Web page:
Deals Direct Wrapped Over Knuckles By ACC

Huge online retailer Auction Alliance, which trades as Deals Direct, has been told to sort out its online warranties.

One of Australia’s biggest online retailers, Deals Direct, has been hauled over the coals over its warranties and returns policies, according ACCC chair Graeme Samuel.

“Deals Direct has given the ACCC court enforceable undertakings after concerns about the company’s warranties and returns policy,” says Samuel.

The company sells a variety of goods including kitchen items, furniture, computers, electronics, jewellery, tools, fitness equipment, alcohol, manchester, musical instruments and toys.

The ACCC raised concerns that the warranties and returns policy breached the Trade Practices Act 1974 because it contained misleading and false information about consumers’ rights.

The ACCC was concerned about statements to the effect that:

  • goods were only warranted by Auction Alliance for 30 days
  • if Auction Alliance did accept goods for return after 30 days, the consumer was required to pay associated shipping costs
  • consumers were only entitled to a refund if a replacement product could not be provided by Auction Alliance, and
  • in some cases Auction Alliance did not provide any warranty and consumers were required to deal directly with the supplier or manufacturer of the product.

The Act provides that consumers have certain statutory rights in respect of goods purchased from a retailer. For example, if a good is defective the consumer may be entitled to request a refund from the retailer rather than accept an offer of replacement or repair. Such a right is usually available for a ‘reasonable time’ after the consumer received the good. A ‘reasonable time’ depends on the cost and quality of the good.

The ACCC was also concerned about materials, including warranty information, supplied with the Ultimate Pilates Workout Chair bought by consumers from Auction Alliance. The materials suggested the UPW Chair was manufactured and warranted by Guthy-Renker Australia Pty Ltd when this was not so.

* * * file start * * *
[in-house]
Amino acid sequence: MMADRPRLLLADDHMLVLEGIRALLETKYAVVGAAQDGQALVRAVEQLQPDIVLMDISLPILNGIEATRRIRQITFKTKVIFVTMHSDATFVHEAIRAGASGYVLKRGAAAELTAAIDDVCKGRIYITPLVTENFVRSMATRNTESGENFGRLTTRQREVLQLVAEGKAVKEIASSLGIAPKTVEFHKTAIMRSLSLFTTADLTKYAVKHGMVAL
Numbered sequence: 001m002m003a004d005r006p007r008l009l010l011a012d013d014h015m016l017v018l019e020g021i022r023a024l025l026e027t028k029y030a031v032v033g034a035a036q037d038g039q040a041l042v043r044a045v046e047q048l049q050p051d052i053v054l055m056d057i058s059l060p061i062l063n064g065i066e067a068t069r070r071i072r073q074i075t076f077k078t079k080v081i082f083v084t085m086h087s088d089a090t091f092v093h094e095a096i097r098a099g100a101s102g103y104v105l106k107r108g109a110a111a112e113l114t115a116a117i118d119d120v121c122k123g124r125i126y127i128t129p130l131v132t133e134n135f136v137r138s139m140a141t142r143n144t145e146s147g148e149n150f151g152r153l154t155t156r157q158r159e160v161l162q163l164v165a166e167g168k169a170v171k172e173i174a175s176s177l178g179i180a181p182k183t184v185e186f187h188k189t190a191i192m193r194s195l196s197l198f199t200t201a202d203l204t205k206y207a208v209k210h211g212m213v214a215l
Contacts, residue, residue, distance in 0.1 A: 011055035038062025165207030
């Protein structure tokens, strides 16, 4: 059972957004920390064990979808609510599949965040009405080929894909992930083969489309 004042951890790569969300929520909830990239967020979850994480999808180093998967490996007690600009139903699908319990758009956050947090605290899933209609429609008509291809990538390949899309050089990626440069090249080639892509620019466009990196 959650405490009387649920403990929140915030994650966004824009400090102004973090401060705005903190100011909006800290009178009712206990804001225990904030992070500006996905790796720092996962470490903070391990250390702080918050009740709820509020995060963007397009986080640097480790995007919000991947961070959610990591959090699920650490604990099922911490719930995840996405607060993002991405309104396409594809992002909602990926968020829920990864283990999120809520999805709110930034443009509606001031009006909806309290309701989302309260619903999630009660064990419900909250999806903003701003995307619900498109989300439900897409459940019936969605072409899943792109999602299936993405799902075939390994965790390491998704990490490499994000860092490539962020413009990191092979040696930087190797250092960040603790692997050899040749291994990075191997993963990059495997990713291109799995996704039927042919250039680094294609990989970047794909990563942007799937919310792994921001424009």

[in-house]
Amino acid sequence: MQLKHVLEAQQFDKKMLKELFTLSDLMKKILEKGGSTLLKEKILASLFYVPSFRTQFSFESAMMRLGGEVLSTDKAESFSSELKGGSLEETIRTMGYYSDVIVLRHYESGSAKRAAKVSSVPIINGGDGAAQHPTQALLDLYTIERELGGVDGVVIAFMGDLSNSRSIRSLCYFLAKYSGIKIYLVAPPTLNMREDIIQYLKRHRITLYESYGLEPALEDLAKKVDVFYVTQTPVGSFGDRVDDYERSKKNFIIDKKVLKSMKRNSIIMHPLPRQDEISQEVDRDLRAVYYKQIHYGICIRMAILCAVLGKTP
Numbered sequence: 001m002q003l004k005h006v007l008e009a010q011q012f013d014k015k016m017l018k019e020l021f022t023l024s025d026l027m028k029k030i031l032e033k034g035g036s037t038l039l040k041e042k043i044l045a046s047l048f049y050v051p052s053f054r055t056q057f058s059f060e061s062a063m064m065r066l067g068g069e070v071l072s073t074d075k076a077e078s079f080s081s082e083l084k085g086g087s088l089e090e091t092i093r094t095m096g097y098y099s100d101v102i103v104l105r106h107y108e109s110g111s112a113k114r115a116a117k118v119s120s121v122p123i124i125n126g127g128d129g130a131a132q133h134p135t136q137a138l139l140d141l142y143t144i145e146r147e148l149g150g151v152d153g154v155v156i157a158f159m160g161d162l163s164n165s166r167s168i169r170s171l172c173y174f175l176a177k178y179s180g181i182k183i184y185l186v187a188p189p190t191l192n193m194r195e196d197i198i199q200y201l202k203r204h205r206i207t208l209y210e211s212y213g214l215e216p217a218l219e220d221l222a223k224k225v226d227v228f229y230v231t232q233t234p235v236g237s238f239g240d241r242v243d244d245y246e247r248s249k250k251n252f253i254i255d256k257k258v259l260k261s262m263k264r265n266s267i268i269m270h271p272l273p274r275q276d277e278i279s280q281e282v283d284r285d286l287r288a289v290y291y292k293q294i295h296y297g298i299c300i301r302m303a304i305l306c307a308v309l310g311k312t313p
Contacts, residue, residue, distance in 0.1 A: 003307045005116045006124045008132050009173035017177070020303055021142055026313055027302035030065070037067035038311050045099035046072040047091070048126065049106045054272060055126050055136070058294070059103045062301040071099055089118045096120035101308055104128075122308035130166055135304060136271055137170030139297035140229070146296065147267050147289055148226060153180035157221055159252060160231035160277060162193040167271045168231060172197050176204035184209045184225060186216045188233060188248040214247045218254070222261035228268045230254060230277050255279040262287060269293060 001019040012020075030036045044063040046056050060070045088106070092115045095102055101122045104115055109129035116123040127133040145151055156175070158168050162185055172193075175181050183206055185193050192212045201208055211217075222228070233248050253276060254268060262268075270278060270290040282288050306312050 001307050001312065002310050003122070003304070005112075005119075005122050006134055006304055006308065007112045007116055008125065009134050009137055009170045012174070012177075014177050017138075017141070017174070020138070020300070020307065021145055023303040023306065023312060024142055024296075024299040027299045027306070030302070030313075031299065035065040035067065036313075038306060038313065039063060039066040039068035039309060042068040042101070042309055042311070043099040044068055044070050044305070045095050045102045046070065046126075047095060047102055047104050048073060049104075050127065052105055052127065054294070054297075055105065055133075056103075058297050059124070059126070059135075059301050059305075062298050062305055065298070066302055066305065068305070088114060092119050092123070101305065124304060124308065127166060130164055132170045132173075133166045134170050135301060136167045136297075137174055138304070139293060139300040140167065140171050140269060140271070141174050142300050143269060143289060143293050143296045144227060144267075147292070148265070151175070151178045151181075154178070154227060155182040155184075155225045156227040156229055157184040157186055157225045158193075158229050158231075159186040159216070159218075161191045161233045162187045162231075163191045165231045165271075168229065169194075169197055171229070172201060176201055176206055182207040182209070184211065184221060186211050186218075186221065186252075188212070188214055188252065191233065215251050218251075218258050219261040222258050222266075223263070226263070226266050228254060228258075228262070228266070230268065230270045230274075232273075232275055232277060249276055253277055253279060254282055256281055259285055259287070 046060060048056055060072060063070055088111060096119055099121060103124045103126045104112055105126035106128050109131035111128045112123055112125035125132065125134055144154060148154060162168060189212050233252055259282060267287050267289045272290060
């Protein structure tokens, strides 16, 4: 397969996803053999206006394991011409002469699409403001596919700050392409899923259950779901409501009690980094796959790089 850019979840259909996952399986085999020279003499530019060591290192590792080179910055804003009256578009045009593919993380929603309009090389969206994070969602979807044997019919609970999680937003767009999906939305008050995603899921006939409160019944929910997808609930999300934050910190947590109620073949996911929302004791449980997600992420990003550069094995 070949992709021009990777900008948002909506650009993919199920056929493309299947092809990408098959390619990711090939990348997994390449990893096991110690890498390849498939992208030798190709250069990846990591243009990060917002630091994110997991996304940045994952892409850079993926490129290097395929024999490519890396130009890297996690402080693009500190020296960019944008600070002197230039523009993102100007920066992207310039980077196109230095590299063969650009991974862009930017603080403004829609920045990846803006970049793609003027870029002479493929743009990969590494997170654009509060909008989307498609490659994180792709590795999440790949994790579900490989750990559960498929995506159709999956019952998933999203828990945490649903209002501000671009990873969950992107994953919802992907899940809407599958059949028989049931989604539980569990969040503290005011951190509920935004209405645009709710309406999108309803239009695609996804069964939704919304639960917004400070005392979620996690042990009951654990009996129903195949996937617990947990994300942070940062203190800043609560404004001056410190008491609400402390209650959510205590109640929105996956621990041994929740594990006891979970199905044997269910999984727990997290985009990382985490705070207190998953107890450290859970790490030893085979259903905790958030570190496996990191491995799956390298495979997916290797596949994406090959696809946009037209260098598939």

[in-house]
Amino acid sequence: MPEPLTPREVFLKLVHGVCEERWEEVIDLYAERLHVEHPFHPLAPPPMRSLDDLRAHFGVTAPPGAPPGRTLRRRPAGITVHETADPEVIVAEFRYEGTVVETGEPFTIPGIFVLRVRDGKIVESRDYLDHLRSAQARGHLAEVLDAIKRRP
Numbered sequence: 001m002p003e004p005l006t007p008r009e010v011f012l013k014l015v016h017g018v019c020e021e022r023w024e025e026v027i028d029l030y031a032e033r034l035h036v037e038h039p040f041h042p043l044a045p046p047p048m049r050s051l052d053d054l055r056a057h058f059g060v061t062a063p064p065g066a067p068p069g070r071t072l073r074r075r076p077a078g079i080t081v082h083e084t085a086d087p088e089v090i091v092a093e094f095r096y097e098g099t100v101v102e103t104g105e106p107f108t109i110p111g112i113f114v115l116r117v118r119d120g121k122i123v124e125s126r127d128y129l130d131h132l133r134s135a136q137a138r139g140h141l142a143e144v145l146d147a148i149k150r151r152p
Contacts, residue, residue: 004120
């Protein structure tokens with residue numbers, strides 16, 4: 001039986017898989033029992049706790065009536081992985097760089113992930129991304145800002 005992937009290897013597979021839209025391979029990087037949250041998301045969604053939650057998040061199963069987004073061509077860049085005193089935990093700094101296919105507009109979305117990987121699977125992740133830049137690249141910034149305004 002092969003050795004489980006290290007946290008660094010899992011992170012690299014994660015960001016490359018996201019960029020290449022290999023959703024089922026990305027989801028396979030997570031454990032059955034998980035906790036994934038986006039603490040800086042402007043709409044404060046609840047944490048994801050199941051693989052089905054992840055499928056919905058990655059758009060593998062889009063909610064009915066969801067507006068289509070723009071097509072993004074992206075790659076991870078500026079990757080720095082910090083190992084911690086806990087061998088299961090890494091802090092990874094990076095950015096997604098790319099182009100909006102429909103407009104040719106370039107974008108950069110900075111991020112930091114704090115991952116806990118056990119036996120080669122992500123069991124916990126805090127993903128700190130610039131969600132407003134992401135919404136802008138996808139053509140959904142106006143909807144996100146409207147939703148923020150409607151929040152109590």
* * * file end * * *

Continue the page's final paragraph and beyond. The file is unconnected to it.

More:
Auction Alliance admitted its warranties and returns policy contained false and misleading statements about consumers’ statutory warranty rights. It has also admitted to misleading consumers about the manufacturer of the UPW Chair.

Auction Alliance has cooperated fully and has worked with the ACCC to resolve the issues. It has undertaken to amend its warranties and returns policy and place notices on its website and in its daily e-newsletters explaining its conduct. It has also agreed to consider warranty claims for faulty products purchased since 1 September 2008 where consumers may not have pursued a remedy because of Auction Alliance’s admitted false and misleading statements.

Auction Alliance has also agreed to write to consumers who purchased the UPW Chair offering to either provide a warranty on the same terms as the Guthy-Renker warranty or provide a full refund of the purchase price (including postage).

“Online retailers must recognise that they are subject to the same laws as shop front retailers,” Samuel said . “Ensuring compliance with the law may involve some costs but in the long run it will reduce the risk of action by the ACCC and will benefit the business by fostering goodwill among their customers.”

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